I had never seen anything from Bernardo Bertolucci, but a few of his other films that came to mind were Last Tango in Paris and 1900. I was expecting some mix of The Godfather and Le Samourai set in Italy during the 1930s. In all honesty, those were the meager reference point I was going into this film with. In some respects, it felt like my first time with The Leopard or The Battle of Algiers, because I thoroughly enjoyed the films, but the history and backstory really eluded me. Not knowing the ins and outs, what was fictitious or what was reality, I was forced to strip it down. So even if I could not track with everything, I could appreciate it as a piece of cinema trying to paint a picture of a certain time and place.
That’s what Bernardo Bertolucci and his cinematographer Vittorio Storaro do so well, and it turns The Conformist into a visual delight. It can stand on that merit alone, depicting gray facades that are only an outer shell for beautifully stylish interiors, flooded with light and infused with colors and textures. The drawing rooms are luxurious and Paris and Rome become the perfect backdrop for a world that vacillates between the bleak and the decadent. It’s the clean modernization of this fascist society intermingled with the ways of old. Storaro on his part, even makes leaves compelling and a man walking down the street becomes fascinating with dutch angles and contorted perspectives. That’s just the visual side of this film.
The Conformist, at its core, is a character study of one man, Marcello Clerici (Jean-Louis Trintignant), who is trying to find normalcy in a 1930s Italian world that is dictated by fascism. He’s a member of the secret police, who is assigned to knock off a political dissident seeking asylum in France. The target turns out to be one of his former professors so that in itself begins a personal conflict. There is a constant clashing of the state and duty with family and kinship. But within this main objective which drives the entire story and eventually takes Marcello from Rome to Paris, there is also a lot of personal baggage to be parsed through.
Although Marcello is pursuing the professor with his comrade Manganiello, a barrage of flashbacks cast some light on the rest of his life. It develops the framework for this man, what he does, and why he does it. His mother lives in their crumbling family mansion contenting herself with the companionship of her Japanese chauffeur “Tree.” Marcello’s father is locked away in an asylum. That is his family of origin and even going back to his childhood, he was traumatized and sexually abused. Now, in the present, he tries to conduct a normal lifestyle with his fiancee Giulia (Stefania Sandrelli), but when he goes to confession on her prompting, we realize how hardened he has become. His family does not seem all that important to him and religion is little more than a social structure.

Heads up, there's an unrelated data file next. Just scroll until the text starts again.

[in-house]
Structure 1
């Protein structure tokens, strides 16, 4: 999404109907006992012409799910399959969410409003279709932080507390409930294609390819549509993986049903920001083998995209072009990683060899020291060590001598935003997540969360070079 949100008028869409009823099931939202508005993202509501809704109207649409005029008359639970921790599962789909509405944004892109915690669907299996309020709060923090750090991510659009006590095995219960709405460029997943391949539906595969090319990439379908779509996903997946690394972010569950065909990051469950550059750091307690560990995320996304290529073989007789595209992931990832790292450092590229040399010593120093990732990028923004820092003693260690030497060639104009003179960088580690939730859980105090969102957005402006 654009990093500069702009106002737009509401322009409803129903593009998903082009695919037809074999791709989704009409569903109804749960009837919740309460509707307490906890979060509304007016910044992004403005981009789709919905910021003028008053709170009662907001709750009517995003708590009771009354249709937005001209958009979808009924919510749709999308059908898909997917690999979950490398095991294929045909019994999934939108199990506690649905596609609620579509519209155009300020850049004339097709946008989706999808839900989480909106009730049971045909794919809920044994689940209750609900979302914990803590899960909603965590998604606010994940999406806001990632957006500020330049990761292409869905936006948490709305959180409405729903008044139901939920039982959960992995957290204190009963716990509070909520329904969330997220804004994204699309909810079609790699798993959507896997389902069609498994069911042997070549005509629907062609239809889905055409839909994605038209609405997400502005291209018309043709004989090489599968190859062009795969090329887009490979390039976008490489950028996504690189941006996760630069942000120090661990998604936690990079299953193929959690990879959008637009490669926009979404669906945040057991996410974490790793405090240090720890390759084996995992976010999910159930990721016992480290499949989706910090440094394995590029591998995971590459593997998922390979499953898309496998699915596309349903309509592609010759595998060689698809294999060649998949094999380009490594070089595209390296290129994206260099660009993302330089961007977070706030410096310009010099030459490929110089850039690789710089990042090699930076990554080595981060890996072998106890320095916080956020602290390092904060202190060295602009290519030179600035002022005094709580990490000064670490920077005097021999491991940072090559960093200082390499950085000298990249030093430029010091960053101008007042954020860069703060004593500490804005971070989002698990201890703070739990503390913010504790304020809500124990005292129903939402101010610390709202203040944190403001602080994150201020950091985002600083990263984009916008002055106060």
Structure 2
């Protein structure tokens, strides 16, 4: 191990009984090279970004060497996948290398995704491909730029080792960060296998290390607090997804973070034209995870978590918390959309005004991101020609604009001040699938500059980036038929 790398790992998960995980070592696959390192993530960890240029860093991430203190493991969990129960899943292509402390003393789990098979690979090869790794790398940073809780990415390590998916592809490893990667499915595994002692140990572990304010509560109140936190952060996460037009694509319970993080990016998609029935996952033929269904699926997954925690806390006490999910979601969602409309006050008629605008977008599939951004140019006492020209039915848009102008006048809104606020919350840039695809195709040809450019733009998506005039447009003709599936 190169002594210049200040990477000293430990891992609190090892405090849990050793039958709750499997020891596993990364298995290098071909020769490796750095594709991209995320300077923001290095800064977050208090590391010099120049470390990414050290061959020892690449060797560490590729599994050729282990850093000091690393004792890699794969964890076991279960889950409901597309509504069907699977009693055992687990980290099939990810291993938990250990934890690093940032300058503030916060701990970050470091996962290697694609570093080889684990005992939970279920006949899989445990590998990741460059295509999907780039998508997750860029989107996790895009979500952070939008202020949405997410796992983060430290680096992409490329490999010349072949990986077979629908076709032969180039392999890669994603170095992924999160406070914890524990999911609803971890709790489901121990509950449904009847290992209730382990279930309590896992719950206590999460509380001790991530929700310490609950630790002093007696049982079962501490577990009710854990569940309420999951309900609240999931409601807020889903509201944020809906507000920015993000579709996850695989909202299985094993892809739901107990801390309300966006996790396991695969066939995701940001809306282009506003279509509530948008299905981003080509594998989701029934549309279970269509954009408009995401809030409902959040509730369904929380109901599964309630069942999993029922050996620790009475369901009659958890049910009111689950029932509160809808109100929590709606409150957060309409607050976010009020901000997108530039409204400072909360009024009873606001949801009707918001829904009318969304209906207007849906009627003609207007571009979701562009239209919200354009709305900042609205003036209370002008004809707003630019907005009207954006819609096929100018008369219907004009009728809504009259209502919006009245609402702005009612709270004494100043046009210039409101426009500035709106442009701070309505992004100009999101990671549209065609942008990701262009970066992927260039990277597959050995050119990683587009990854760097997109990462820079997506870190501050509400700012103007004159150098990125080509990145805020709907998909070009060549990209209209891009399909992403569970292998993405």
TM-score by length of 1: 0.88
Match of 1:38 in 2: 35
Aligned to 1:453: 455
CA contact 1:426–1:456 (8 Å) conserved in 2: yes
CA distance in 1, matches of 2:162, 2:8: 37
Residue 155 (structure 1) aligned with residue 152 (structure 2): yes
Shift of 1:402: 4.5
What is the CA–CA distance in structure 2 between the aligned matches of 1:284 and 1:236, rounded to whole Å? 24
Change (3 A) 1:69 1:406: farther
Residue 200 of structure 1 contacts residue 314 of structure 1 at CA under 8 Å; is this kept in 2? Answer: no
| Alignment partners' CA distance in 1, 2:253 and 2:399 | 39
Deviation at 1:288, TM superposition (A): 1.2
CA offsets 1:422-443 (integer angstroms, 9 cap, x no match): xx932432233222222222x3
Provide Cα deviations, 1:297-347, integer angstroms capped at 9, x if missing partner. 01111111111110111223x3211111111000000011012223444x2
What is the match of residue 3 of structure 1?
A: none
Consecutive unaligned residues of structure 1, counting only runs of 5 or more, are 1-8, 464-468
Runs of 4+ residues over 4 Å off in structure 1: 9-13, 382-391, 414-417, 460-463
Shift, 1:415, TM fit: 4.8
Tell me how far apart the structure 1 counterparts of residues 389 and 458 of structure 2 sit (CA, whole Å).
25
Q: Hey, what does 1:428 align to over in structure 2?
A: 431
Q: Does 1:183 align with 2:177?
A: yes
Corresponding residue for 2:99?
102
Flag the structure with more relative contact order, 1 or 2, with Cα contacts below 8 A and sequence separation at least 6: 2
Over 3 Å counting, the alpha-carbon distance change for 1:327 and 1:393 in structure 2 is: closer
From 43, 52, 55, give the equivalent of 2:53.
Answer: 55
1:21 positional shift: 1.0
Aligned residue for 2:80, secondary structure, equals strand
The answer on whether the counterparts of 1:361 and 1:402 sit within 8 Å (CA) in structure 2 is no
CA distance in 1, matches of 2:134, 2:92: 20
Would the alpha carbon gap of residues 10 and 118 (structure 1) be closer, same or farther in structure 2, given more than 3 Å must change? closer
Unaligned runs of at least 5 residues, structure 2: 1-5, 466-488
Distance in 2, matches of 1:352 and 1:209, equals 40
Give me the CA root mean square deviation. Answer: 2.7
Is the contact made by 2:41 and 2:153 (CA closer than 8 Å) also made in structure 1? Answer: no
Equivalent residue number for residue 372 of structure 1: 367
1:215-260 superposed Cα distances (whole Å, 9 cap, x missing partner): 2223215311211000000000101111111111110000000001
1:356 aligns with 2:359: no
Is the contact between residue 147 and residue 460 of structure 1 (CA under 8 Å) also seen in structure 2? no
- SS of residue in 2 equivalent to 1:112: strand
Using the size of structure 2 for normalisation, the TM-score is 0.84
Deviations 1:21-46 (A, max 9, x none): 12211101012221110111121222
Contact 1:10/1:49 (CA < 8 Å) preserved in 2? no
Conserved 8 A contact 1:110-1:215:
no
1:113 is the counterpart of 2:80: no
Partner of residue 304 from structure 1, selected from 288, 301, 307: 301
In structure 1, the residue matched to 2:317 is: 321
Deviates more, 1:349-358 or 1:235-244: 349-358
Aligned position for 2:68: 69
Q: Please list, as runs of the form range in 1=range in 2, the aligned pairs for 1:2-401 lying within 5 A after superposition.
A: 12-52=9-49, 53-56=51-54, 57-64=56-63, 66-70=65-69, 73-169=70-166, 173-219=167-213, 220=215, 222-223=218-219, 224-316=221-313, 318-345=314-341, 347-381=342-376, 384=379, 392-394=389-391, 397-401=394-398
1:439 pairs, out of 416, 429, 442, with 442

And when he finally travels to Paris with Giulia, to meet with his old professor and complete his objective, that task gets complicated when he sees Anna (Dominique Sanda). Whether they know each other from before or not is ambiguous, but what’s not ambiguous are his advances towards her. It’s another weird, twisted dynamic because she knows that he is a fascist, and Marcello knows he will soon enough have to kill her husband. His wife and Quadri’s wife get along quite well. There is no animosity there, just like there seems to be no visible animosity between Marcello and his former teacher.
Murder should not enter this equation just as adultery doesn’t seem logical. Marcello even has his doubts, but again relationships, love, and family all take a back seat to the cause, just as he takes a back seat and lets everything run their course. But he cannot maintain his perfect veneer forever. There has to be a breaking point somewhere and so there is. With the fall of Mussolini, no one wants a conformist and Marcello is stuck in this gray area.
In The Godfather, since they are in America, at least they have some corrupted notion of family and religious faith. They accept capitalism although they work outside of it at times. But in The Conformist, although Marcello likes the idea of family, he really does not desire it. He falls for another woman in lieu of his wife, and yet that woman is of little concern to him when it comes to the agenda of the state. He looks for normalcy and maybe he gets it in a sense, but underneath it lies so much pain, dirt, and corruption. Just look at Marcello. He’s a repressed, misogynistic, faithless, fascist conformist. We expect him to be like Le Samourai, and he can’t even pull a trigger with confidence. He’s a pitiful, messed-up man who has been riddled with fascism. It didn’t kill him, but it might as well have.
Check out THE DREAMERS. Preferably the unrated version.
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I really liked this movie, too. What I thought was most amazing about it was that, at the end, even though we know what a complete bastard Trintignant’s character is, we still somehow have some sympathy left for him. I’m not sure if the credit for this against-the-odds achievement should go to Bertolucci or Trintignant.
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PS: The caption for the third pic: shouldn’t that be “former teacher’s wife”?
Oh, I think that’s the way the text wrapped around the image. But that’s an interesting insight about Trintignant. Because he is a pretty pathetic individual in the end, but somehow the performance leaves us with a shred of sympathy for him.
Ha! I see what you mean. I read the text fine the first time then was confused on glancing back through it. Sorry ’bout that.
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Not a problem. It’s kind of a bad design. I should maybe figure out a different way to display my images!